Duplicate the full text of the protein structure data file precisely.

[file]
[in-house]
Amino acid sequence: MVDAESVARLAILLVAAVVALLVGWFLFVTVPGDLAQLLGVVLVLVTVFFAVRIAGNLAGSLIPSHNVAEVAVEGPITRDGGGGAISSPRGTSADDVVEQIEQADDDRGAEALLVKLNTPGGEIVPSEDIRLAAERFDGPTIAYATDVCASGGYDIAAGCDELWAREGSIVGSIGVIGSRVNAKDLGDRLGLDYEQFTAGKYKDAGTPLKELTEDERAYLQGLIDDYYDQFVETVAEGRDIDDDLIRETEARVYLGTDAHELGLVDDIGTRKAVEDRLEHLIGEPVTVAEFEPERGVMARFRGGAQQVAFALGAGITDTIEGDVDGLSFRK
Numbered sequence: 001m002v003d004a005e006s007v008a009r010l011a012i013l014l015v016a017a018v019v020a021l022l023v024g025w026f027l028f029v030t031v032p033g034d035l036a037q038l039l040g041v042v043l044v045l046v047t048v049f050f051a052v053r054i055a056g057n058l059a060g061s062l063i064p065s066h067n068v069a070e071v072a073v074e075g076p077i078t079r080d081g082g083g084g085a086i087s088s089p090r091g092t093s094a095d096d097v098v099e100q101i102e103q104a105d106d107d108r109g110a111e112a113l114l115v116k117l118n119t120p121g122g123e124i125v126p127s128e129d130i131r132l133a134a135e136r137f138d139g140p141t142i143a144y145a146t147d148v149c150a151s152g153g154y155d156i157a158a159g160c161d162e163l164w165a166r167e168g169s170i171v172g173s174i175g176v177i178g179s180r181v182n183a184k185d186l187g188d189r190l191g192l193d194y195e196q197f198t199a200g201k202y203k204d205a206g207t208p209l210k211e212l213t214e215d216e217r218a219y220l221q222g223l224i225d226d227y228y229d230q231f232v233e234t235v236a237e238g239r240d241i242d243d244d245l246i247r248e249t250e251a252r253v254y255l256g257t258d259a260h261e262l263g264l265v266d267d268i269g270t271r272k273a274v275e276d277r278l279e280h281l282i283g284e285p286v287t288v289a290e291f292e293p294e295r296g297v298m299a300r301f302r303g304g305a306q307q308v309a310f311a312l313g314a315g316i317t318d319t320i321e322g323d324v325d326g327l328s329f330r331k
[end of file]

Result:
[in-house]
Amino acid sequence: MVDAESVARLAILLVAAVVALLVGWFLFVTVPGDLAQLLGVVLVLVTVFFAVRIAGNLAGSLIPSHNVAEVAVEGPITRDGGGGAISSPRGTSADDVVEQIEQADDDRGAEALLVKLNTPGGEIVPSEDIRLAAERFDGPTIAYATDVCASGGYDIAAGCDELWAREGSIVGSIGVIGSRVNAKDLGDRLGLDYEQFTAGKYKDAGTPLKELTEDERAYLQGLIDDYYDQFVETVAEGRDIDDDLIRETEARVYLGTDAHELGLVDDIGTRKAVEDRLEHLIGEPVTVAEFEPERGVMARFRGGAQQVAFALGAGITDTIEGDVDGLSFRK
Numbered sequence: 001m002v003d004a005e006s007v008a009r010l011a012i013l014l015v016a017a018v019v020a021l022l023v024g025w026f027l028f029v030t031v032p033g034d035l036a037q038l039l040g041v042v043l044v045l046v047t048v049f050f051a052v053r054i055a056g057n058l059a060g061s062l063i064p065s066h067n068v069a070e071v072a073v074e075g076p077i078t079r080d081g082g083g084g085a086i087s088s089p090r091g092t093s094a095d096d097v098v099e100q101i102e103q104a105d106d107d108r109g110a111e112a113l114l115v116k117l118n119t120p121g122g123e124i125v126p127s128e129d130i131r132l133a134a135e136r137f138d139g140p141t142i143a144y145a146t147d148v149c150a151s152g153g154y155d156i157a158a159g160c161d162e163l164w165a166r167e168g169s170i171v172g173s174i175g176v177i178g179s180r181v182n183a184k185d186l187g188d189r190l191g192l193d194y195e196q197f198t199a200g201k202y203k204d205a206g207t208p209l210k211e212l213t214e215d216e217r218a219y220l221q222g223l224i225d226d227y228y229d230q231f232v233e234t235v236a237e238g239r240d241i242d243d244d245l246i247r248e249t250e251a252r253v254y255l256g257t258d259a260h261e262l263g264l265v266d267d268i269g270t271r272k273a274v275e276d277r278l279e280h281l282i283g284e285p286v287t288v289a290e291f292e293p294e295r296g297v298m299a300r301f302r303g304g305a306q307q308v309a310f311a312l313g314a315g316i317t318d319t320i321e322g323d324v325d326g327l328s329f330r331k